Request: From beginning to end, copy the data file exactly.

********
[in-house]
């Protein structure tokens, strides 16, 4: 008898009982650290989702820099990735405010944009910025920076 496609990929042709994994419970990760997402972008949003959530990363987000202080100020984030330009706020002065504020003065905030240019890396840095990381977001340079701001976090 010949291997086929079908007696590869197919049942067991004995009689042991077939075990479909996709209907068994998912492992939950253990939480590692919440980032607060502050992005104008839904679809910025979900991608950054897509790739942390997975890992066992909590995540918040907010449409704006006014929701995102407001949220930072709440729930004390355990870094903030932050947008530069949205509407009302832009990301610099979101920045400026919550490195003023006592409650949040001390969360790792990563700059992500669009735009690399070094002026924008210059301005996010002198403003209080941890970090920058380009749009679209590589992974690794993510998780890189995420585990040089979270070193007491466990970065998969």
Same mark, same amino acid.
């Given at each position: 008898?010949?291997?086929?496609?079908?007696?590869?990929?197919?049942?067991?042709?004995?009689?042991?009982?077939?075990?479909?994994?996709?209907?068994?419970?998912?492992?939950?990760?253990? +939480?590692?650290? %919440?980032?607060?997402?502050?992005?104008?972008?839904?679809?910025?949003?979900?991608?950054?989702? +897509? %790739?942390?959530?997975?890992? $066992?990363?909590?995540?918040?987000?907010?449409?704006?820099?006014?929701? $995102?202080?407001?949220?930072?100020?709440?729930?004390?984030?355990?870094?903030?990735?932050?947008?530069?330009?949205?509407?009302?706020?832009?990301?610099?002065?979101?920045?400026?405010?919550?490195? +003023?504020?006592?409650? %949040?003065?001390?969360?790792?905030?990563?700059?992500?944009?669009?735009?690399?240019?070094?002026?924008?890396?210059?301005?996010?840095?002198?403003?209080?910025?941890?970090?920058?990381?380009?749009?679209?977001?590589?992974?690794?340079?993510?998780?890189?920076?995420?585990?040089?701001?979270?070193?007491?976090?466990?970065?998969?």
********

[in-house]
């Protein structure tokens, strides 16, 4: 008898009982650290989702820099990735405010944009910025920076 496609990929042709994994419970990760997402972008949003959530990363987000202080100020984030330009706020002065504020003065905030240019890396840095990381977001340079701001976090 010949291997086929079908007696590869197919049942067991004995009689042991077939075990479909996709209907068994998912492992939950253990939480590692919440980032607060502050992005104008839904679809910025979900991608950054897509790739942390997975890992066992909590995540918040907010449409704006006014929701995102407001949220930072709440729930004390355990870094903030932050947008530069949205509407009302832009990301610099979101920045400026919550490195003023006592409650949040001390969360790792990563700059992500669009735009690399070094002026924008210059301005996010002198403003209080941890970090920058380009749009679209590589992974690794993510998780890189995420585990040089979270070193007491466990970065998969």
Same mark, same amino acid.
């Given at each position: 008898?010949?291997?086929?496609?079908?007696?590869?990929?197919?049942?067991?042709?004995?009689?042991?009982?077939?075990?479909?994994?996709?209907?068994?419970?998912?492992?939950?990760?253990? +939480?590692?650290? %919440?980032?607060?997402?502050?992005?104008?972008?839904?679809?910025?949003?979900?991608?950054?989702? +897509? %790739?942390?959530?997975?890992? $066992?990363?909590?995540?918040?987000?907010?449409?704006?820099?006014?929701? $995102?202080?407001?949220?930072?100020?709440?729930?004390?984030?355990?870094?903030?990735?932050?947008?530069?330009?949205?509407?009302?706020?832009?990301?610099?002065?979101?920045?400026?405010?919550?490195? +003023?504020?006592?409650? %949040?003065?001390?969360?790792?905030?990563?700059?992500?944009?669009?735009?690399?240019?070094?002026?924008?890396?210059?301005?996010?840095?002198?403003?209080?910025?941890?970090?920058?990381?380009?749009?679209?977001?590589?992974?690794?340079?993510?998780?890189?920076?995420?585990?040089?701001?979270?070193?007491?976090?466990?970065?998969?």